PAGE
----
THINK Again is about IBM, its leaders, its employees, its shareholders, its customers, its supportive societies, and one-hundred years of their unique interactions. IBM has had its great, good, and bad moments; and, in this century, some of its ugliest. But there is still hope.
THINK Again is about IBM, but it IS NOT a technical book; “mainframe” is the most technical term used. THINK Again discusses IBM’s finances, but it IS NOT a financial book; “goodwill” is the most complex financial term used to discuss the company’s twentieth-century creation of good goodwill, and its twenty-first-century over-production of bad goodwill. It IS a book about one of America’s greatest corporations: a business that deciphered the seemingly, impenetrable human equation to build an enthusiastic, engaged and passionate workforce that produced ever-higher revenue and profit productivity for eighty-five years.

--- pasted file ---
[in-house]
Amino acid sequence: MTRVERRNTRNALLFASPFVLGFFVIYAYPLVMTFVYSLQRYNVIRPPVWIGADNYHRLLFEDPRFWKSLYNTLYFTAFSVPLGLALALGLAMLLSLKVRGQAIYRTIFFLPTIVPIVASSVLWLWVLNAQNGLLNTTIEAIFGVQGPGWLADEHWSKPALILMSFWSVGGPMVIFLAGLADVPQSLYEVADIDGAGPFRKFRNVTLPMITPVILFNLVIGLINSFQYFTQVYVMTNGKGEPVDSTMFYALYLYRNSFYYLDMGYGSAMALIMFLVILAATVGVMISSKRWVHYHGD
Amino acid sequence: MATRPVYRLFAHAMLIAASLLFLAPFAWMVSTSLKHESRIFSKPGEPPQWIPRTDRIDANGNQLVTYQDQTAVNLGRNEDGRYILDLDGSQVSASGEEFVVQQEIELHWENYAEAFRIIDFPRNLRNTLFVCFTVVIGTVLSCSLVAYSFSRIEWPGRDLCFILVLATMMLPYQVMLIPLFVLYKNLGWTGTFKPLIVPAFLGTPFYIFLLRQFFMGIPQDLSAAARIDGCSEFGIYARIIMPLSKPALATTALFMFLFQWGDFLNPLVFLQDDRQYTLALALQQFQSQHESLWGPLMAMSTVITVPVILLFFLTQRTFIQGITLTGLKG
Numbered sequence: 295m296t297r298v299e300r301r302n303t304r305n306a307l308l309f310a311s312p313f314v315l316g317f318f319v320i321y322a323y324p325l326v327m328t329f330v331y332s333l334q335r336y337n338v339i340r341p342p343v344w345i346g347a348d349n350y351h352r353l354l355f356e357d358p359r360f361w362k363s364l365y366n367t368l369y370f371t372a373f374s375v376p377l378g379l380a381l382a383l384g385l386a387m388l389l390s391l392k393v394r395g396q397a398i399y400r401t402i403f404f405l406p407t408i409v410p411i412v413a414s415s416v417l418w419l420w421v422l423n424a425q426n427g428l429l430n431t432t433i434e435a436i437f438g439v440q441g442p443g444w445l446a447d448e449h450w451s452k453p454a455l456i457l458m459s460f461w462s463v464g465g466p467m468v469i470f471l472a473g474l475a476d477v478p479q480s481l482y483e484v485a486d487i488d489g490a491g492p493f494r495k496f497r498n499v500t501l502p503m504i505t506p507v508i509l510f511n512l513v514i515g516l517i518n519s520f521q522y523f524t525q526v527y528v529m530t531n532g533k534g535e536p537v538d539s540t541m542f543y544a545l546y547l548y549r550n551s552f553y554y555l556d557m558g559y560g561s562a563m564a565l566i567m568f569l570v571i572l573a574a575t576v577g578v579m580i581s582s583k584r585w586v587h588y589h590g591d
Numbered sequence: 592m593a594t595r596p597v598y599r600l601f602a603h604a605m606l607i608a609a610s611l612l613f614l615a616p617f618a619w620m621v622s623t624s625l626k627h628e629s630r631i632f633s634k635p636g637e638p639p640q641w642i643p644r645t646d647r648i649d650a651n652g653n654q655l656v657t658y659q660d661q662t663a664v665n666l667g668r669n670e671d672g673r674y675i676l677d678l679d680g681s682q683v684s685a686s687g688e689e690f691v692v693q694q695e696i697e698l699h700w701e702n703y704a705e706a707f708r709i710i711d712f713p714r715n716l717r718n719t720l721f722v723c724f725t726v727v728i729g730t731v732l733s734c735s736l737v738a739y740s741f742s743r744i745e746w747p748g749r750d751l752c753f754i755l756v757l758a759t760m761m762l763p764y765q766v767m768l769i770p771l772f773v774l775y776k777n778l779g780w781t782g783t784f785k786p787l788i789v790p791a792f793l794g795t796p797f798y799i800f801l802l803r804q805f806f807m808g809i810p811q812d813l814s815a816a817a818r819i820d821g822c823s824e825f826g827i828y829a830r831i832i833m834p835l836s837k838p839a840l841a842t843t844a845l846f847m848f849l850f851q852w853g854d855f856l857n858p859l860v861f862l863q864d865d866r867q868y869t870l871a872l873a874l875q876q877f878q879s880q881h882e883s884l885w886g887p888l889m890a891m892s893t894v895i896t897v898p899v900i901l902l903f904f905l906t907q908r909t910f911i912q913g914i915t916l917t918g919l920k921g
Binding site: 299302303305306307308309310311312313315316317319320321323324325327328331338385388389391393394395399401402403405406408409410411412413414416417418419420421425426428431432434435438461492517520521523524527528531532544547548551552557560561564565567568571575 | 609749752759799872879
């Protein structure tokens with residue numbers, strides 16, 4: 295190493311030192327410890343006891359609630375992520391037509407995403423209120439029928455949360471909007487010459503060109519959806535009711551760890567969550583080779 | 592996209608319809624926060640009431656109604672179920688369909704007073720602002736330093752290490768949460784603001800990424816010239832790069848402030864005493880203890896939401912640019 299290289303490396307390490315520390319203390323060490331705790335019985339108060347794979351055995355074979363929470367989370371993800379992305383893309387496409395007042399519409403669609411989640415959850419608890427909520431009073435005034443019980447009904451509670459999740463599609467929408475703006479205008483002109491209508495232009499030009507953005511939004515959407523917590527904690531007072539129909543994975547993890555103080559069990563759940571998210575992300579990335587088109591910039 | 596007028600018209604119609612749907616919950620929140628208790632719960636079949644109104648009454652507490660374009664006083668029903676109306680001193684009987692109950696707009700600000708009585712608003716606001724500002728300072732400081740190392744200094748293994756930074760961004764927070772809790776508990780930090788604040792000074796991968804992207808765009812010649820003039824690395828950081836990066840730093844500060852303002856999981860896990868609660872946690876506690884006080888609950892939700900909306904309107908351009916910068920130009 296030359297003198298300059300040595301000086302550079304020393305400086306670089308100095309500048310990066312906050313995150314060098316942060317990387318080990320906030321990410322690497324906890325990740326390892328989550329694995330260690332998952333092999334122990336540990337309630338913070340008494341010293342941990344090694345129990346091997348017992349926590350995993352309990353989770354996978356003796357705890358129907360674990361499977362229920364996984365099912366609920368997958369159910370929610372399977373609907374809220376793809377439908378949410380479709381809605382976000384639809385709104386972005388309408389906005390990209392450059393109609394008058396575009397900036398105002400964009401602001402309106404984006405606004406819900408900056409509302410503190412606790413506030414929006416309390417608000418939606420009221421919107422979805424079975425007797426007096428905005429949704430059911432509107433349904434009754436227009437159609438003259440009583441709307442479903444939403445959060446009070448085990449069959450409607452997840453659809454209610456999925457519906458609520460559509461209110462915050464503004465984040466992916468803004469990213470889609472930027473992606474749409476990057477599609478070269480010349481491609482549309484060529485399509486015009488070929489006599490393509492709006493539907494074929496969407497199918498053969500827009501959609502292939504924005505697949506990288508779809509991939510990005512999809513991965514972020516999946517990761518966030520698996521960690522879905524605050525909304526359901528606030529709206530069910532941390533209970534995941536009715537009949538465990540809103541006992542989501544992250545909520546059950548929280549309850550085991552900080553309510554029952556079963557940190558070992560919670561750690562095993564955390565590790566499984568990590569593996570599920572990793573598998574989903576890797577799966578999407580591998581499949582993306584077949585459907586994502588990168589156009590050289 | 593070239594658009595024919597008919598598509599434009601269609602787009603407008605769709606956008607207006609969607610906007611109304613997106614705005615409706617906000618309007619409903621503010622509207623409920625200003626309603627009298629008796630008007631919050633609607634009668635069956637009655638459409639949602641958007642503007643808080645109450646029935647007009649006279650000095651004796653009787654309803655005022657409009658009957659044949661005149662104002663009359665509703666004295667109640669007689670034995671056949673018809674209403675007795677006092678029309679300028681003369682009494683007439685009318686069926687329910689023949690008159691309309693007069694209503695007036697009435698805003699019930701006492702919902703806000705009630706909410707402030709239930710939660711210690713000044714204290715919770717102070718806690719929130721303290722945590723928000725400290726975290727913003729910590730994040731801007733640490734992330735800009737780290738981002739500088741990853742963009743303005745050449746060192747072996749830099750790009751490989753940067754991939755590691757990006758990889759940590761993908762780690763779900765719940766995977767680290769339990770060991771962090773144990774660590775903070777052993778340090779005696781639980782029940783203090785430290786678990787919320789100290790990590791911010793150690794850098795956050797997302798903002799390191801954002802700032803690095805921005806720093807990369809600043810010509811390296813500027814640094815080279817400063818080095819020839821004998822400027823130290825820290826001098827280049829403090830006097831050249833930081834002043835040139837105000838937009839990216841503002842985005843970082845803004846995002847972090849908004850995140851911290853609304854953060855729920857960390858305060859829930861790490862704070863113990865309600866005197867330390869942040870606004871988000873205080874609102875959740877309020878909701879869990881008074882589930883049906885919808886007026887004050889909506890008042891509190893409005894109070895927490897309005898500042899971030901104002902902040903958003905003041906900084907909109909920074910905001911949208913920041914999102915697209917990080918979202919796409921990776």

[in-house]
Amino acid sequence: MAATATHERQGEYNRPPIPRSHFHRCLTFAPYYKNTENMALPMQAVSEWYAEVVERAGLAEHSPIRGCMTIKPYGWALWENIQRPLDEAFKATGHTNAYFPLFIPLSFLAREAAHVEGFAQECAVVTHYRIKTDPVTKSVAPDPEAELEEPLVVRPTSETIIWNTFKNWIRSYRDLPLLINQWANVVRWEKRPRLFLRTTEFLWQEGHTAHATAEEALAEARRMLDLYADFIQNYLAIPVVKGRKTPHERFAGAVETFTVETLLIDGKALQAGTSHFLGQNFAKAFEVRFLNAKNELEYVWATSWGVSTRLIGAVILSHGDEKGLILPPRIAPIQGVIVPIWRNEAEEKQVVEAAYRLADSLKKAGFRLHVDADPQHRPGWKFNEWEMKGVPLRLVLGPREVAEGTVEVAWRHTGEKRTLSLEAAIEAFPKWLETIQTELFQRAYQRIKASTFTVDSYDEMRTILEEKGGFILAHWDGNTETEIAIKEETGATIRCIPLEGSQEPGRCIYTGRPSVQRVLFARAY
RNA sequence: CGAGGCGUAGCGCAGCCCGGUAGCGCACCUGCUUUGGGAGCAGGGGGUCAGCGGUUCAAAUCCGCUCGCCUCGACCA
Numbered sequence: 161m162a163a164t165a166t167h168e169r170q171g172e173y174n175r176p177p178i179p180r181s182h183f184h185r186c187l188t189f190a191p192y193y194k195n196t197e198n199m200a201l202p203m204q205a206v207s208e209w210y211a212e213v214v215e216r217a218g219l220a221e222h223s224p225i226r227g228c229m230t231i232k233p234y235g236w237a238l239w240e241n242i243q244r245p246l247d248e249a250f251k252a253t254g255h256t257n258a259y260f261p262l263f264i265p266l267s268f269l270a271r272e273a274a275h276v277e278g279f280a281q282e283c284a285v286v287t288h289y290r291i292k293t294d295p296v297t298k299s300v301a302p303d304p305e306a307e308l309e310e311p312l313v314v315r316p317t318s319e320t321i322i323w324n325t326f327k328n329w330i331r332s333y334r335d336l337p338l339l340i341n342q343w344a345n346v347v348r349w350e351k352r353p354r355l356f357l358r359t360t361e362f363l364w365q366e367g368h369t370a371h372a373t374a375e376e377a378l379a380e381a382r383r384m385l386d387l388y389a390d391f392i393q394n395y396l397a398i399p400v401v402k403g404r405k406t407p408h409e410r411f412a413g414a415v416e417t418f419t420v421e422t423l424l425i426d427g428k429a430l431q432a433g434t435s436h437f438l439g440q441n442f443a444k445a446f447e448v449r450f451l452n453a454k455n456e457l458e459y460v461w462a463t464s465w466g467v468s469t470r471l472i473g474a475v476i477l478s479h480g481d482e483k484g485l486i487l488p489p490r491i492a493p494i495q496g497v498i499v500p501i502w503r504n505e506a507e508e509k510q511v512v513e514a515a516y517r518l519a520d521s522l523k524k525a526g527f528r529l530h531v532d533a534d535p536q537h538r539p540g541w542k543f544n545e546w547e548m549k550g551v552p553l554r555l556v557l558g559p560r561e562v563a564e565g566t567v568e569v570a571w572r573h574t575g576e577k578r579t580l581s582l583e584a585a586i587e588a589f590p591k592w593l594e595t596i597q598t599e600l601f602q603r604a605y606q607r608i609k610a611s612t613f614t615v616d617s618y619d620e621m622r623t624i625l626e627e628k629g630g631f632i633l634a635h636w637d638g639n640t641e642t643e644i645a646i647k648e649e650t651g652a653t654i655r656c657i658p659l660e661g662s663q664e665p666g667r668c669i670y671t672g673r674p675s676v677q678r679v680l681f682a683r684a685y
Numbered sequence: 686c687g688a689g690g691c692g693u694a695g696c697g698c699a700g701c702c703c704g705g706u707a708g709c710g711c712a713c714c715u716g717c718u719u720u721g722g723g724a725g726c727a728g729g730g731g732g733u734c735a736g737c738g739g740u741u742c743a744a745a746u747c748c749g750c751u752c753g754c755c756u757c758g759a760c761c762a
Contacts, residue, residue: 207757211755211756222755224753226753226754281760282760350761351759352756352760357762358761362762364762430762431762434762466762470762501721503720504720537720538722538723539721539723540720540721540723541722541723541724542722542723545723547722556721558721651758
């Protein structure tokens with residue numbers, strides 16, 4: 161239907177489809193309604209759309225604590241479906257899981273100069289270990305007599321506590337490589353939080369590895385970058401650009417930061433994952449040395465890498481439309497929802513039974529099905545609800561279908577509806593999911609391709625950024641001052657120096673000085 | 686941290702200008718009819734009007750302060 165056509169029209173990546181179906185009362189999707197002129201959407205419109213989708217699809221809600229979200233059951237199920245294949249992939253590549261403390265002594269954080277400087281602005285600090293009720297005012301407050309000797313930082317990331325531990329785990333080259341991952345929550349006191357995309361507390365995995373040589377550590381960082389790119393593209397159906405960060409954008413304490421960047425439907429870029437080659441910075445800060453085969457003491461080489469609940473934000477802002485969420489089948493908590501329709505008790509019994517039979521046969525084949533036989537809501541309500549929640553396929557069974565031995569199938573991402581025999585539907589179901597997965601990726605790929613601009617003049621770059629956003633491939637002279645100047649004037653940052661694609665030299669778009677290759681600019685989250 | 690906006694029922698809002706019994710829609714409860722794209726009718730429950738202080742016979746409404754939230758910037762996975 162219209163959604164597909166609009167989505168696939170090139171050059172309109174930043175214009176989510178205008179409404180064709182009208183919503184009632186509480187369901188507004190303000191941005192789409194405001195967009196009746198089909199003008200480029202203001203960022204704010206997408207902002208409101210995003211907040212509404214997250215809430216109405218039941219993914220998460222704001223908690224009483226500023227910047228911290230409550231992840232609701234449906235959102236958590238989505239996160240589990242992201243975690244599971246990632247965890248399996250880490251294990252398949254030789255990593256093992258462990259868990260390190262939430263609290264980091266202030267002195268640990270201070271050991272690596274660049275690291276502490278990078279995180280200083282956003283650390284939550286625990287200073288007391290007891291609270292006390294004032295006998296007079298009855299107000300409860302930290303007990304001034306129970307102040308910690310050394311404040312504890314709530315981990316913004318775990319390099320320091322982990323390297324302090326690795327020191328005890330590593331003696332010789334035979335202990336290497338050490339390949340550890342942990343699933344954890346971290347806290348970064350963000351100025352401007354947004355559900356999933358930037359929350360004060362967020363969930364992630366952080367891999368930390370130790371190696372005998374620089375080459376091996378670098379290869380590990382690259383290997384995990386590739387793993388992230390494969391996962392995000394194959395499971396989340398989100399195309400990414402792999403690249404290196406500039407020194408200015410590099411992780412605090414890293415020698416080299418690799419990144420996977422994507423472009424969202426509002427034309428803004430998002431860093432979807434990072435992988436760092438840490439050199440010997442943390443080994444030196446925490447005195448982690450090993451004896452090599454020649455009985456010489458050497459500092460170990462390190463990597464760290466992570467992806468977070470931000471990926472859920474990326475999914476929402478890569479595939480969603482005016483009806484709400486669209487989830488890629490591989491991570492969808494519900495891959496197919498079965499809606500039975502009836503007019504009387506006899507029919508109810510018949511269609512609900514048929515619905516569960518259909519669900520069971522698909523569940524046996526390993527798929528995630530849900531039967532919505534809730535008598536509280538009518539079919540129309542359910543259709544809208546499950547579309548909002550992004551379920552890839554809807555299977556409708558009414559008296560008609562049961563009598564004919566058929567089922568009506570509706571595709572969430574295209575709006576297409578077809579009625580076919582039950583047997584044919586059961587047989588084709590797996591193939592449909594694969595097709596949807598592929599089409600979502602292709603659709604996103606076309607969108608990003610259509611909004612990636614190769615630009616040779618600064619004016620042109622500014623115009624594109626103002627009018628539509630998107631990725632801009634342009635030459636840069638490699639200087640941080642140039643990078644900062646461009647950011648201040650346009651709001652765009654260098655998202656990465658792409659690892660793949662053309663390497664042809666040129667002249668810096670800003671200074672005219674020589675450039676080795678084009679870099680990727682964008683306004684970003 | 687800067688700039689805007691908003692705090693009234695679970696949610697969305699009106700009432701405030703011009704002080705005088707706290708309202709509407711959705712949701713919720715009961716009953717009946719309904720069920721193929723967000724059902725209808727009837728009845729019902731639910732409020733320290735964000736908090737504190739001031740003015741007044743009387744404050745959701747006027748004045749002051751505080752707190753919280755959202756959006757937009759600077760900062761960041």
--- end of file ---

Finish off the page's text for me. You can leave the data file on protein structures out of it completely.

THINK Again is about IBM’s leaders and the risks they have taken. It is about a chief executive officer who personally sacrificed to deliver promised benefits to his employees. It is about a corporation that contributed to the survival of democracy during one of democracy’s darkest hours—World War II. It is about the twentieth century’s greatest investment gamble that delivered the mainframe. It is also about a corporation that in the twenty-first century has lost its institutional memory: it no longer understands the essence of the human business equation—that an enthusiastic, engaged and passionate employee is a productive employee. This failure has caused a disastrous, seventeen-year work slowdown unlike anything in IBM’s history; not because of a labor union but from a natural human response to poor human resource practices. To find prosperity in its second century, IBM will need a new leader who will execute a business-first strategy that returns value to all the corporation’s stakeholders.